A two-member HC division bench, comprising Chief Justice Ramesh Ranganathan and Justice RC Khulbe, delivered the landmark 129-page judgment on Tuesday.(HT photo)
A two-member HC division bench, comprising Chief Justice Ramesh Ranganathan and Justice RC Khulbe, delivered the landmark 129-page judgment on Tuesday.(HT photo)

Uttarakhand HC upholds constitutional validity of Uttarakhand Char Dham Devasthanam Management Act

The court ruled that the ownership of the temple properties would vest in Char Dham shrines and power of the Board would be confined only to the administration and management of the properties.
Hindustan Times, Dehradun | By Neeraj Santoshi
UPDATED ON JUL 21, 2020 01:05 PM IST

The Uttarakhand high court (HC) on Tuesday dismissed the public interest litigation (PIL) filed by Bharatiya Janata Party’s (BJP) Rajya Sabha (RS) member Subramanian Swamy against the state government’s takeover of the Char Dhams and 51 other shrines through the formation of the Char Dham Devasthanam Management Board.

The court ruled that the ownership of the temple properties would vest in Char Dham shrines and power of the Board would be confined only to the administration and management of the properties.

A two-member HC division bench, comprising Chief Justice Ramesh Ranganathan and Justice RC Khulbe, delivered the landmark 129-page judgment on Tuesday.

HT has a copy of the order, which dismissed both the writ petitions.

Sri Five Mandir Samiti Gangotri Dham had filed the other writ petition.

The HC order stated: “Except to the limited extent that the words ‘shall devolve’ (regarding ownership of temple properties) in Section 22 (of Char Dham Devasthanam Management Board Act, 2019) must be read as ‘devolve on the Char Dham and shall be maintained by the Board’, and the words ‘may further acquire land’... shall be read as ‘may further acquire land on behalf of the Char Dham’, the challenge to the validity of the 2019 Act, on the ground that it violates Articles 14, 25, 26 and 31-A of the Constitution of India, must fail ... the properties of the Char Dham temples shall continue to vest in it, as declared in Section 4(2) of the 2019 Act … and the power of the Board would thereby be confined only to the administration and management of the properties of the Char Dham Devasthanam...”

Kartikey Hari Gupta, the counsel representing intervenor, Rural Litigation and Entitlement Kendra (RLEK), a non-governmental organisation (NGO), in the matter that had supported the state government’s stand, said the court after hearing all the parties concerned had reserved its judgement in the matter on July 6 and delivered its verdict on Tuesday.

“There is no unconstitutionality in the Char Dham Act. The recent judgement of the Supreme Court (SC) in Marthand Varma vs. the State of Kerala given in the case of the Padmanabhaswamy temple is not applicable in the present context, as the facts are totally different. In the Kerala shrine case, the uninterrupted management of the Travancore royal family was found to be from 1686. But, in the case of Badrinath Temple, the uninterrupted management was disrupted in 1899, when the administration of these temples was made by the then HC bench of Kumaon that had separated the religious and temporal affairs. No religious sentiments have been violated by this Act. The Board has only taken over secular management, which is legally permissible,” Gupta said.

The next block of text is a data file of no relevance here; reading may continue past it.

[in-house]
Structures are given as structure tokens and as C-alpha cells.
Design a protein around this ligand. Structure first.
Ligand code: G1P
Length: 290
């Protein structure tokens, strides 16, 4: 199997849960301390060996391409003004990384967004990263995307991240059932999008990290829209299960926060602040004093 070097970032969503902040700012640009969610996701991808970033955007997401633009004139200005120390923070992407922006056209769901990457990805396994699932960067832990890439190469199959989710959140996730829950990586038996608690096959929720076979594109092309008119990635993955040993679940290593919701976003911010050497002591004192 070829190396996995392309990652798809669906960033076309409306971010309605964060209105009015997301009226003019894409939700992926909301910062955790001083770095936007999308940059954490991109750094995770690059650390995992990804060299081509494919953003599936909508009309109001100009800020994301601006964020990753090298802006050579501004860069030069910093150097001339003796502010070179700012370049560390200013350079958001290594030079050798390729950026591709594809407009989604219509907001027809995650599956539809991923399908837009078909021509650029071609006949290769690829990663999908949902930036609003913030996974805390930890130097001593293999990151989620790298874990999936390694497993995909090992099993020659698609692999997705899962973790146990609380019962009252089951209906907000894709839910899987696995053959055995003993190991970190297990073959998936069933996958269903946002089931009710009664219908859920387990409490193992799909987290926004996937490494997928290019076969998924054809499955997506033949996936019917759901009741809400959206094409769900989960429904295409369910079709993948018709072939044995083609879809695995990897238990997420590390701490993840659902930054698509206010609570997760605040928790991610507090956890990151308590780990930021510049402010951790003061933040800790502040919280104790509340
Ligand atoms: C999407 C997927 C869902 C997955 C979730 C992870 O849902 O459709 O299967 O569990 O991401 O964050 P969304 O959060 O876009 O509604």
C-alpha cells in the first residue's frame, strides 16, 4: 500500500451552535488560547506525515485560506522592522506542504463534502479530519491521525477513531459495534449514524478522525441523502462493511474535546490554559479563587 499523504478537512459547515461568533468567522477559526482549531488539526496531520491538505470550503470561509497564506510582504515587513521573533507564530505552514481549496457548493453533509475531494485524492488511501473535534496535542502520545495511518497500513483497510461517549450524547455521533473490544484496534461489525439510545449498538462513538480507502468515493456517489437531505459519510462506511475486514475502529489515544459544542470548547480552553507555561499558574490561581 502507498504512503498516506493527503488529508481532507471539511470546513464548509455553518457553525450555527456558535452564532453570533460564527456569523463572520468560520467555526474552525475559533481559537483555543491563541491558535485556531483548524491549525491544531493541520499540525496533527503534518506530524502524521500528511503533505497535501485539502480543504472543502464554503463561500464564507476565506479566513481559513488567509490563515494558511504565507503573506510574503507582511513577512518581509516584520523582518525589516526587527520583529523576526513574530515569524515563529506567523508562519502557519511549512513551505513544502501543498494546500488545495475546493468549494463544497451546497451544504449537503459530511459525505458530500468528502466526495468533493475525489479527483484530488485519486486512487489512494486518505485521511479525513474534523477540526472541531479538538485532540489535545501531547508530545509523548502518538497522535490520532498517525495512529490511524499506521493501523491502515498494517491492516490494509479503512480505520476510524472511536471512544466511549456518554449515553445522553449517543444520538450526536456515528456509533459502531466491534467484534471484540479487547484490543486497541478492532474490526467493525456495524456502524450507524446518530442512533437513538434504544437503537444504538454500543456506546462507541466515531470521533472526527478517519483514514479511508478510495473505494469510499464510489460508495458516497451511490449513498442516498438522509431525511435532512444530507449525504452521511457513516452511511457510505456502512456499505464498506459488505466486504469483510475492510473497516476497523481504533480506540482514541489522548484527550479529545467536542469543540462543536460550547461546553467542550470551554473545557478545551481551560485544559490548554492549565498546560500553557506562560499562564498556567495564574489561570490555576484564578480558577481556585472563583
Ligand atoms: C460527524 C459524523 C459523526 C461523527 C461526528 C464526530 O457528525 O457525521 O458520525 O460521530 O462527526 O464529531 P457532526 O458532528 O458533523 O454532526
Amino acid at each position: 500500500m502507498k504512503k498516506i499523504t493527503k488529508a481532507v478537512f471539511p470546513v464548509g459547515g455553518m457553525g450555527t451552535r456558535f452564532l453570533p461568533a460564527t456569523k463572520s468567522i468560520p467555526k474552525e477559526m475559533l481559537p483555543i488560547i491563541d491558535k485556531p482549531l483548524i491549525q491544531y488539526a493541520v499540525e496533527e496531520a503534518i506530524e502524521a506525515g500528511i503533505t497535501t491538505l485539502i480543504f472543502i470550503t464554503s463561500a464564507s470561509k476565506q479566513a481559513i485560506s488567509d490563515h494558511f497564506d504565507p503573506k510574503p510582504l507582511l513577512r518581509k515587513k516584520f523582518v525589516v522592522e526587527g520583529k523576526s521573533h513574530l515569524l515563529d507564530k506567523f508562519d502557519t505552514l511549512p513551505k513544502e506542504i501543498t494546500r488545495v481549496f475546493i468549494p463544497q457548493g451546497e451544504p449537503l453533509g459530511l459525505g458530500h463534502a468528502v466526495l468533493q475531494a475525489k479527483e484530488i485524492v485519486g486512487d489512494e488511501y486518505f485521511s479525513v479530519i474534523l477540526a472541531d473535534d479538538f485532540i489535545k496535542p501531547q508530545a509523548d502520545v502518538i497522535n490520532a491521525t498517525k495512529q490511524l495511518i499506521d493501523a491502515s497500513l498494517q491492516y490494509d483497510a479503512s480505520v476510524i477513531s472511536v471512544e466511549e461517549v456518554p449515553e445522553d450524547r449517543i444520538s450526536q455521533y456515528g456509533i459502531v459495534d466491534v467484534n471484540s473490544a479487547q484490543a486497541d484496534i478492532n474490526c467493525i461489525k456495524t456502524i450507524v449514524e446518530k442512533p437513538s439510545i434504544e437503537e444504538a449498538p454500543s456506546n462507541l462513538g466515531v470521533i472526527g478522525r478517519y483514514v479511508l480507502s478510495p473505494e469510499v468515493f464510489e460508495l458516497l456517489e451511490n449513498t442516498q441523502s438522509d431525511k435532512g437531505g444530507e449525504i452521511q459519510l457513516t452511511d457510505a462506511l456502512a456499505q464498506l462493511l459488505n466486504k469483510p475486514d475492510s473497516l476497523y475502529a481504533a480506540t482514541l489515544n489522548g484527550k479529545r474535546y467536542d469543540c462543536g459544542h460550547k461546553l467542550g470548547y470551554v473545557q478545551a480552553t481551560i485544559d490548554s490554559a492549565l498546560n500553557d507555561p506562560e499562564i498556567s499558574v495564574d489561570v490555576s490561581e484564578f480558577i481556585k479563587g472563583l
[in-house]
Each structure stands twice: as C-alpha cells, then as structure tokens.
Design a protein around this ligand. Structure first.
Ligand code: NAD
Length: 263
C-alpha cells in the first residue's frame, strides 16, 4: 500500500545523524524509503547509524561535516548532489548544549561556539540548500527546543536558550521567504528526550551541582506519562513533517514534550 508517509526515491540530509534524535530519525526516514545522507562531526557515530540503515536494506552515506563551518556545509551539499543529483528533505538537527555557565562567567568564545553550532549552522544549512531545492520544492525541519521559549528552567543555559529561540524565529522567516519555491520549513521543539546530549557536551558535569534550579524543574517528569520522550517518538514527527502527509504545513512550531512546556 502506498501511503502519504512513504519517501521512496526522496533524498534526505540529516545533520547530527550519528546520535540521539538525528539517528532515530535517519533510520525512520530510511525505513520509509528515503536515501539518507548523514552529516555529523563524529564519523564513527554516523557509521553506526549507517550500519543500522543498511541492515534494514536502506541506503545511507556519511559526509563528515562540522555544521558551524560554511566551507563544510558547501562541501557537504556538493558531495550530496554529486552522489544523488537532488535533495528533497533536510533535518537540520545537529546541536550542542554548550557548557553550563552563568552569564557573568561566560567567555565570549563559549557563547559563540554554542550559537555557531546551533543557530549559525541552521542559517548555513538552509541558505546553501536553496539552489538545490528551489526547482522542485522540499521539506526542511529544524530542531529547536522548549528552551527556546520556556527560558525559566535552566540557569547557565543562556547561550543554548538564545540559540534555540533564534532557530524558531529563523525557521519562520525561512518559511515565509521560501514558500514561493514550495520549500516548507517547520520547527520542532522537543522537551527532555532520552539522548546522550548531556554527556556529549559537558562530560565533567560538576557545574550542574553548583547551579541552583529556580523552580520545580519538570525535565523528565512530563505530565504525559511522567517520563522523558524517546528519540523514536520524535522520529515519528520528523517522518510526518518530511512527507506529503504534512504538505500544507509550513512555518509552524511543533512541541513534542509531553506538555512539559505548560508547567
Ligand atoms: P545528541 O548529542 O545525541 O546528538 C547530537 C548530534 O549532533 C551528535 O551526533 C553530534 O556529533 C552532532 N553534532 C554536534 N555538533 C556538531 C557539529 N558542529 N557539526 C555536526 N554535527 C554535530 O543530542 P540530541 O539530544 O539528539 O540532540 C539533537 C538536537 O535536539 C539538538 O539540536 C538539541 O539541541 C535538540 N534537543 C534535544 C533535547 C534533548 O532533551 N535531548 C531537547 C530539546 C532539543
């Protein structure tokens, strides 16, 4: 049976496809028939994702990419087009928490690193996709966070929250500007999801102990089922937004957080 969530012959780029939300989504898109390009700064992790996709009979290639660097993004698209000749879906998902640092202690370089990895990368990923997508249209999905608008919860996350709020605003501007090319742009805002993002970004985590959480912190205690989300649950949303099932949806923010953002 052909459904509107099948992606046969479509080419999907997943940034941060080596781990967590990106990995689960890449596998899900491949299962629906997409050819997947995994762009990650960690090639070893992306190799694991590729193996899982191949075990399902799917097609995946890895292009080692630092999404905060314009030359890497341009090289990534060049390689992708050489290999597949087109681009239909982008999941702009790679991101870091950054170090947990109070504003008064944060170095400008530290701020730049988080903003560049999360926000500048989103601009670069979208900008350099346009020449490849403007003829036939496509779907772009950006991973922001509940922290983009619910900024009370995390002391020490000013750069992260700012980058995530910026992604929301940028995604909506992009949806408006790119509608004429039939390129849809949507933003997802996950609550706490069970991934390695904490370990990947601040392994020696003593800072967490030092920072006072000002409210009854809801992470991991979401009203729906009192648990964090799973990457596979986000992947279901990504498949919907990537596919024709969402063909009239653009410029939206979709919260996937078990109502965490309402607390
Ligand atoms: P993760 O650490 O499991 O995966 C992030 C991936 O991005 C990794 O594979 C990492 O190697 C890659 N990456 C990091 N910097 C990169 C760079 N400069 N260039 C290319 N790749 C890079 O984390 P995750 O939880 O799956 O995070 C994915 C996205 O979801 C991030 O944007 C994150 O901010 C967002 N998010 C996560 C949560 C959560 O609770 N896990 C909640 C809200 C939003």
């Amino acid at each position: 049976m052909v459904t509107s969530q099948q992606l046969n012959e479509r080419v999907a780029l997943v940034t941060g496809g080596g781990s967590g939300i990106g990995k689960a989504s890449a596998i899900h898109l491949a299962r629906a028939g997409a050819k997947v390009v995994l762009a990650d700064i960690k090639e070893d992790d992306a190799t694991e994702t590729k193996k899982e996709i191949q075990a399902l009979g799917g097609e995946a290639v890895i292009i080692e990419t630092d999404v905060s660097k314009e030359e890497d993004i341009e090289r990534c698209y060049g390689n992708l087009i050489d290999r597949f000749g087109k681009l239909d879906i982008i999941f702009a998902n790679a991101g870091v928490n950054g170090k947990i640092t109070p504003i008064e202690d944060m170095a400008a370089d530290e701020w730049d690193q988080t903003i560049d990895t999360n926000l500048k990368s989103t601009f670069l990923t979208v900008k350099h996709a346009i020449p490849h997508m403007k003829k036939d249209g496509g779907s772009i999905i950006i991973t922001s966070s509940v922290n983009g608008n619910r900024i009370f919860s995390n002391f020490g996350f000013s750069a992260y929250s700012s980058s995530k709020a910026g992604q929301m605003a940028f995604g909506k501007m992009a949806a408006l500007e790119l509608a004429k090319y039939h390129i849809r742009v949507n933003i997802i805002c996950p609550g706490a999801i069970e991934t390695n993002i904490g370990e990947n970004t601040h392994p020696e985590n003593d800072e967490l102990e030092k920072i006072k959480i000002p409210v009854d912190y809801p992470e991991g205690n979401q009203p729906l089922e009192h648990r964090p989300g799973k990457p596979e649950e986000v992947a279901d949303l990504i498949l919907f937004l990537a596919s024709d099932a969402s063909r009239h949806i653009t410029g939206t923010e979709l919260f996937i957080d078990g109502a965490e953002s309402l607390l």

“The 1939 Act for the management of these temples records that the law was needed due to the mismanagement of temples and also to alleviate pilgrims’ plight. The new Act has been passed to further that objective and it is valid,” he said.

Gupta cited that the shrines’ mismanagement led to a separation of religious and temporal functions.

“Irish lawyer Edwin T. Atkinson has recorded the fact of gross mismanagement of temples in the Himalayan Gazetteer published in 1884. The SC in its Ayodhya Ram Mandir judgement last November had also held that gazetteers are key evidence that courts can rely on,” he had cited in his previous argument before the court.

Earlier, Gupta had apprised the HC that “Manusmiriti, which is the ancient text for Hindu laws, in its Chapter 7 lays down that it is the choice of the King as to whom he wants to keep a priest and all rites and sacrifices in temples are performed by priests on his behalf. Priests have no inherent right to manage temples. Scholar and educational reformer Madan Mohan Malaviya in 1933 had also published a book appealing to the public to hand over the management of temples for their better upkeep.”

The PIL had challenged the constitutional validity of the Uttarakhand Char Dham Devasthanam Management Act, 2019, by which the administration and control of major Hindu religious institutions have been taken over by the Uttarakhand government or by any authority functioning under the state government.

Last December, the Uttarakhand assembly had passed the Char Dham Devasthanam Management Board Bill.

In January, Uttarakhand Governor Baby Rani Maurya gave her assent for the Char Dham Devasthanam Management Act, 2019.

Aggrieved priests had threatened that they would move the HC against the Act, as they claimed to have been kept in the dark about the new law.

They had alleged that the government took the step to ensure its control over shrine-related issues, bypassing the powerful priest community.

On February 10, a four-member delegation of the state’s priest body met Swamy and submitted documents that were required to file a PIL along with a copy of the Char Dham Devasthanam Management Act, 2019.

Soon, Swamy had filed the PIL against the formation of the Char Dham Devasthanam Management Board and the resultant Act.

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